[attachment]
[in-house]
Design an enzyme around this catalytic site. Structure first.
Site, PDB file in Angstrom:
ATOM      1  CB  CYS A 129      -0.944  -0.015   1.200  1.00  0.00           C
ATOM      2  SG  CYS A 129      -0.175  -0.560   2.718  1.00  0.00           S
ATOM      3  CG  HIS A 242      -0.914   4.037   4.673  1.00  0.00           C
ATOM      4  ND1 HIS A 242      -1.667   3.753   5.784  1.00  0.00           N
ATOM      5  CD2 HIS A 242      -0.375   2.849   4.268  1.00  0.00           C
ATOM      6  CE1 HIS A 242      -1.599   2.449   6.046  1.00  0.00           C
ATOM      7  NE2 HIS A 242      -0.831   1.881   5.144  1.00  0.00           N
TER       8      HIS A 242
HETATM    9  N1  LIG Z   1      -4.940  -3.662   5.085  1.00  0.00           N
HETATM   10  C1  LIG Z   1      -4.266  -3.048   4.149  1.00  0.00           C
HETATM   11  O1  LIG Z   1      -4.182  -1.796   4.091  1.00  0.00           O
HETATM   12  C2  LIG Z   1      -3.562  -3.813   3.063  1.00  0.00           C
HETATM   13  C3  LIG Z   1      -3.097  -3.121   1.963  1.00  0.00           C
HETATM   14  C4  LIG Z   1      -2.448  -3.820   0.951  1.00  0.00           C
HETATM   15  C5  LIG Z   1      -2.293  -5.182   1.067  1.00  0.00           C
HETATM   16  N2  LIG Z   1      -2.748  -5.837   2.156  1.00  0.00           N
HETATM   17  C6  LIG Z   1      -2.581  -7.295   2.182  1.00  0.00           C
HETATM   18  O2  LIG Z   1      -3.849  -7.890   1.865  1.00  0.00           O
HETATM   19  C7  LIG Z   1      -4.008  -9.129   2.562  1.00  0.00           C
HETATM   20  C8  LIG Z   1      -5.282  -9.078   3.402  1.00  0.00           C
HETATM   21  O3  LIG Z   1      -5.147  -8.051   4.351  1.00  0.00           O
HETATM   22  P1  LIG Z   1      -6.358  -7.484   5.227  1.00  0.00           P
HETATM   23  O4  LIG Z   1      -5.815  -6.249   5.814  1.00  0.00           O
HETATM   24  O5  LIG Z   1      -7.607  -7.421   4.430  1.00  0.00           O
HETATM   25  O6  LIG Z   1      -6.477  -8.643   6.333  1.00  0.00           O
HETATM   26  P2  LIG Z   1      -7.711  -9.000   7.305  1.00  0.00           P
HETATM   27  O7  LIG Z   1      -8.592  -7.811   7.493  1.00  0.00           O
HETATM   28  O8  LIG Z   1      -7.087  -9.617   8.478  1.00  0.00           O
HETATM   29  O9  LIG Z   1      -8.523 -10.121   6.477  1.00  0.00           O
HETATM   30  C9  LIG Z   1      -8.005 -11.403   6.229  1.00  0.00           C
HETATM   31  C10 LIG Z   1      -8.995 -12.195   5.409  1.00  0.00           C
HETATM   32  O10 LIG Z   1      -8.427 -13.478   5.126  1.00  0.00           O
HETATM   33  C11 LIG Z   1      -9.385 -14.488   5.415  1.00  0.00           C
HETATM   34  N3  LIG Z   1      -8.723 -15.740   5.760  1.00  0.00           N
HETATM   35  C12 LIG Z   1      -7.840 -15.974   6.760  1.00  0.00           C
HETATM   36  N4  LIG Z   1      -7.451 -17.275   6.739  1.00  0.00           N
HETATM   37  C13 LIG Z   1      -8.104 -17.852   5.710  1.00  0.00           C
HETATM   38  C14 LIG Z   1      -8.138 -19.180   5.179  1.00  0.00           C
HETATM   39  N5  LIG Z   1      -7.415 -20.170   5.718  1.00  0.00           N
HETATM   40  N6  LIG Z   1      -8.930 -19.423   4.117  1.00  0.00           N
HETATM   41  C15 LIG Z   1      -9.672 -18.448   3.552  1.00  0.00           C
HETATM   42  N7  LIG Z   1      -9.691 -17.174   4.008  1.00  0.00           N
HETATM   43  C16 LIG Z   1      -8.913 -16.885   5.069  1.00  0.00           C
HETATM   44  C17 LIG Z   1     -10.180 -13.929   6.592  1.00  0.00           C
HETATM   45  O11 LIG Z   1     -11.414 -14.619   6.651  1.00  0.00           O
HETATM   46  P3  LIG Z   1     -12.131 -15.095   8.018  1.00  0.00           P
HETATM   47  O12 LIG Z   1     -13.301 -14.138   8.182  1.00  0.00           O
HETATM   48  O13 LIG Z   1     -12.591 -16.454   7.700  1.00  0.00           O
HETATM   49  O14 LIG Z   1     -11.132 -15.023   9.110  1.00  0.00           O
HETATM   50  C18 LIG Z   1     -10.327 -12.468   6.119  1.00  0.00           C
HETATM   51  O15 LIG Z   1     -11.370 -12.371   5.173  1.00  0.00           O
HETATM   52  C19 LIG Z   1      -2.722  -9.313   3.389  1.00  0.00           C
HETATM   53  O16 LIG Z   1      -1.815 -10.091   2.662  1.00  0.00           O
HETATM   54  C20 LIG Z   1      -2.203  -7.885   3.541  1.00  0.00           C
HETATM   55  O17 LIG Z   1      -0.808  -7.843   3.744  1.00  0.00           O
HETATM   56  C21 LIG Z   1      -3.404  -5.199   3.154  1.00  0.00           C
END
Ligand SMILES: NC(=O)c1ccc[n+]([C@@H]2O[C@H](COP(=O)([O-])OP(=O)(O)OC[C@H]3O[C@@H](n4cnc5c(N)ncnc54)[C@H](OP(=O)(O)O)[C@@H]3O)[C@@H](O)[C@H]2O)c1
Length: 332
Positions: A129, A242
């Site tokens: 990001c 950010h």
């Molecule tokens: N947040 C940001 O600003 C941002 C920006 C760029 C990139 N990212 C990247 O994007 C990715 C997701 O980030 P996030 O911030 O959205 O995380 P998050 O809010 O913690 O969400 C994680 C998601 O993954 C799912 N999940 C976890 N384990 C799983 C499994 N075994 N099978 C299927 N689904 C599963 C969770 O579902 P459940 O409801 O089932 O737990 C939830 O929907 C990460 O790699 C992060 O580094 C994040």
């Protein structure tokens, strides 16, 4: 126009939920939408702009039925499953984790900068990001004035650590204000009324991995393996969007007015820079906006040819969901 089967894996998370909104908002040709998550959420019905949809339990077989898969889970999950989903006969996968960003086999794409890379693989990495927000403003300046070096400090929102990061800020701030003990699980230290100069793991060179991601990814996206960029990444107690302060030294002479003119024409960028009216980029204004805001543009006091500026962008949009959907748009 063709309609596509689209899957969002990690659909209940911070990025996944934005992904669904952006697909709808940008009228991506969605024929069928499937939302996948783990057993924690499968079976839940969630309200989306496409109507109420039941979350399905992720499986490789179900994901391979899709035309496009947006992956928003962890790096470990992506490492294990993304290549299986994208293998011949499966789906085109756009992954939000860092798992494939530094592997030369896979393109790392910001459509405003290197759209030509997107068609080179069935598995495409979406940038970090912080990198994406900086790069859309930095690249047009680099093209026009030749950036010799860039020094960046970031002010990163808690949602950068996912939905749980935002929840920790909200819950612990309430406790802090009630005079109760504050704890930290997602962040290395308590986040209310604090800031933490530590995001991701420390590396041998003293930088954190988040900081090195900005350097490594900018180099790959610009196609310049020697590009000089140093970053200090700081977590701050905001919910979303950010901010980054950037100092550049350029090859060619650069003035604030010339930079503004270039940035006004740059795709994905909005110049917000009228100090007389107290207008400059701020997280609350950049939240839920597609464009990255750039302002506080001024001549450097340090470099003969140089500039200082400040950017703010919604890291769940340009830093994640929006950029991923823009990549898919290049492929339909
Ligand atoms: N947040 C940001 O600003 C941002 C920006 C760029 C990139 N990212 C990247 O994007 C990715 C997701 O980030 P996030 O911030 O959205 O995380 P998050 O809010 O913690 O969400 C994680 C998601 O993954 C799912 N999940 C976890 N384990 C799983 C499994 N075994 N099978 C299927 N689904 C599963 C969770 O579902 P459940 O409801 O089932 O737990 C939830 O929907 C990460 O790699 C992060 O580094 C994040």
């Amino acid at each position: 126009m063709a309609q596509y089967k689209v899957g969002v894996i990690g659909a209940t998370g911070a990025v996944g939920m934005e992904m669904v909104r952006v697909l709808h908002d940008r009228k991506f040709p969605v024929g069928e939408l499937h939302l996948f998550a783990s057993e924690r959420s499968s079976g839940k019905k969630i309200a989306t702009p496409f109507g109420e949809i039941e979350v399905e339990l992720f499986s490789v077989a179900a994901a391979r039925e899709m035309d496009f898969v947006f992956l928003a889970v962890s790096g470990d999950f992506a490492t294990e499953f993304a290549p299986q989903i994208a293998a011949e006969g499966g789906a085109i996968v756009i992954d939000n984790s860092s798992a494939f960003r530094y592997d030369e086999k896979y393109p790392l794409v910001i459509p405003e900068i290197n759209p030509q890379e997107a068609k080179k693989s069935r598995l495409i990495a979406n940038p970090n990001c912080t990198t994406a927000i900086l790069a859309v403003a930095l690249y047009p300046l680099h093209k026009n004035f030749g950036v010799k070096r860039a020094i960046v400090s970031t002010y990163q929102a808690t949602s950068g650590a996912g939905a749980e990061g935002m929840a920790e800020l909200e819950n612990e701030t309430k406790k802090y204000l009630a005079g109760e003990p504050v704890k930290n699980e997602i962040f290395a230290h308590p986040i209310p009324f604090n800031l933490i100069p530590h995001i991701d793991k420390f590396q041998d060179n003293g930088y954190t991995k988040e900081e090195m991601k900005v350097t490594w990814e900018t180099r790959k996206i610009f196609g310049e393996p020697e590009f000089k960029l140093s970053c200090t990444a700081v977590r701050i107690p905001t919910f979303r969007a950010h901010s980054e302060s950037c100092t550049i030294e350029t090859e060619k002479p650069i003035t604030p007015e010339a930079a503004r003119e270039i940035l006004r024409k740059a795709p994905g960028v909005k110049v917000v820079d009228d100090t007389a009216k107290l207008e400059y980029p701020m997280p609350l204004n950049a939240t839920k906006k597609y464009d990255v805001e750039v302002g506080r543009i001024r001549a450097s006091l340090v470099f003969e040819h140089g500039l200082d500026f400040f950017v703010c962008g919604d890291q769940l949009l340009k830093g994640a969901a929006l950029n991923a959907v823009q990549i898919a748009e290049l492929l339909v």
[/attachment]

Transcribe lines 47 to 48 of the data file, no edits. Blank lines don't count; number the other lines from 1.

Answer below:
HETATM   44  C17 LIG Z   1     -10.180 -13.929   6.592  1.00  0.00           C
HETATM   45  O11 LIG Z   1     -11.414 -14.619   6.651  1.00  0.00           O